• Amazon Best Sellers Rank: #3,498,760 in Books (See Top 100 in Books)

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By charles falk VINE VOICE on May 27, 2001
Format: Hardcover
Richard Manning takes his readers on a very interesting journey into a new terrain of environmentalism hinted at by his subtitle, "A Journey Beyond Borders". Traveling by sea kayak and light plane, as well as by land, he paints a grim picture of environmental degradation along the "inside passage" between Astoria Washington and Juneau Alaska. At the same time he is pricking some of the hallowed sacred cows of the conservation establishment. The primary focus of this book is on the decline of the salmon along the Pacific slope of North America. In the process he explains its relationship to lumbering and dams. He also takes a fast tour of the ecological ruin caused by the exponential growth of aquaculture around the Pacific Rim. Manning describes himself as a science writer, but he excels at turning a mixture of personal observation, interviews, and historical data into a vivid picture of decline -- not only of the salmon and the forest -- but of the people who depended on them for a livelihood.
One of Manning's interesting conclusions is that, as the size and technological complexity of our food-producing and timber-harvesting efforts have increased, their efficiency has plummeted. A modern rancher in Idaho, using large quantities of subsidized water and energy, cannot begin to match the protein production of the wild salmon that once teemed the rivers of his state. His calves would have to grow into 50,000-pound cows in order to match the four-year weight gain of a wild salmon. The salmon harvested the bounty of the sea and returned it to the land without any expenditure of fossil fuel.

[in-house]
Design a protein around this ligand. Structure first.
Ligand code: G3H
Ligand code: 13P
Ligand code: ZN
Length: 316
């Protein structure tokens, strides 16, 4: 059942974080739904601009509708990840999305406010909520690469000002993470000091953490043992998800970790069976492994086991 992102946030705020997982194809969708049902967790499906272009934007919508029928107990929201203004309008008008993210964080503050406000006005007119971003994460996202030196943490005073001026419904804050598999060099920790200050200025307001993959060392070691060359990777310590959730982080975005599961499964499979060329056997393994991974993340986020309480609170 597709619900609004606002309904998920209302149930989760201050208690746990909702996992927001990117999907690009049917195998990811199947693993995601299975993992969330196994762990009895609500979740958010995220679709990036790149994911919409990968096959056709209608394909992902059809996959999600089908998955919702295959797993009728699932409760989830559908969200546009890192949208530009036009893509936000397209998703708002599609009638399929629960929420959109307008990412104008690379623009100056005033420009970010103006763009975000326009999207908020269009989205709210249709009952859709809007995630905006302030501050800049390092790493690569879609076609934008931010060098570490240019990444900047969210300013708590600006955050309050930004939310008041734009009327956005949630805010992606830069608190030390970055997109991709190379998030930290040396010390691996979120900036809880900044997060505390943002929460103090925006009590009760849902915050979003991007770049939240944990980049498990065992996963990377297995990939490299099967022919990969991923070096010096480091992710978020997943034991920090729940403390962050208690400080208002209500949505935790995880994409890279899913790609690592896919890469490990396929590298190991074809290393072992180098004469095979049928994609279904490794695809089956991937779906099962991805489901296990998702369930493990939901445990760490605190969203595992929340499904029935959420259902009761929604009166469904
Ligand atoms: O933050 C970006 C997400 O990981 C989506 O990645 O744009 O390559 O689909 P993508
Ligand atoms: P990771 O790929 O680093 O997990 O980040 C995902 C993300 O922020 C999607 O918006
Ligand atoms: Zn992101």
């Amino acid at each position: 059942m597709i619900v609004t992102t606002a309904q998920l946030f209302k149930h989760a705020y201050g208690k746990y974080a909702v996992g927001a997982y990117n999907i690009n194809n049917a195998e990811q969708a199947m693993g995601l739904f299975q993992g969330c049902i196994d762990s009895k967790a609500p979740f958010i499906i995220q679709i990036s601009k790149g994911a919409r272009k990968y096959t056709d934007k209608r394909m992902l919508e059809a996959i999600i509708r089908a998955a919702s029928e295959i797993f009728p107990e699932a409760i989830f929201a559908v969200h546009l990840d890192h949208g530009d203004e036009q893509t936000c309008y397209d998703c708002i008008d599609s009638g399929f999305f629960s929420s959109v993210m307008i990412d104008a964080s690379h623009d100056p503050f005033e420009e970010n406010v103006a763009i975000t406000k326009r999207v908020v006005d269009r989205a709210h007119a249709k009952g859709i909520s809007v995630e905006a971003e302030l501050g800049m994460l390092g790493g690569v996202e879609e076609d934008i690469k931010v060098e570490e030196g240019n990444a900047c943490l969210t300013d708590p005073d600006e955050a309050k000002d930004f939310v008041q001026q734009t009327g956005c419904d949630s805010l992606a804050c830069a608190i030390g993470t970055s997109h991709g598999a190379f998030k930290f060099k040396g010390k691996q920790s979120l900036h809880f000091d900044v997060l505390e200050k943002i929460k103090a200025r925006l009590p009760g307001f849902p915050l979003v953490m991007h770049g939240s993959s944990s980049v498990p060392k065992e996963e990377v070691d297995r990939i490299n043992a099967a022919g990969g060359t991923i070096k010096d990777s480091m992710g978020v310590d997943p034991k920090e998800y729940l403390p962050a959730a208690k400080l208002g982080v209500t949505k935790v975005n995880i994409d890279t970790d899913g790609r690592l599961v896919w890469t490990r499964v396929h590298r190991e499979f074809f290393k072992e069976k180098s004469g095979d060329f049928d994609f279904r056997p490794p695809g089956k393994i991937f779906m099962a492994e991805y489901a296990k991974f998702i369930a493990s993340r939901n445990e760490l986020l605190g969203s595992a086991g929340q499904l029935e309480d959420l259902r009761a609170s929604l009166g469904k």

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By A Customer on November 20, 2001
Format: Hardcover
Manning does for the Northwest what he did for the Prairie in his other great book, Grassland. Both are great reads.
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Format: Hardcover
Richard Manning's book is frankly amazing. How he can maintain a coherent, collected mental state to write while 'connecting the dots' to such major ecological disasters is totally beyond my ken. Read the book. Follow Manning as he connects dots around the world, from Scotland to the Sacramento River in CA to Washington State and into Alaska. He has the data and the links.

The last chapter summarizes the position that we all must take: "We want it all." Meaning that we can no longer argue over the boundary of a protected area. Those who would use the land, or take the fish, in any way, must get our collective permission. They must do so with the greatest recognition possible of the effects - consequences - of their actions. And those consequences must be minimized before we permit them to use _our_ Earth. There will be less business activity, true. There will be a more livable Earth, also. As we learn how to accommodate our ecosystems, we will also learn how to sustain our wonderful lives (i. e., restore that business activity).

And we do want to continue living on this planet, don't we? Especially for our grandchildren. Your next step: read the book.

This may be a 'far out' position to take, but I agree with Manning. What's the alternative? Whoops! Too late!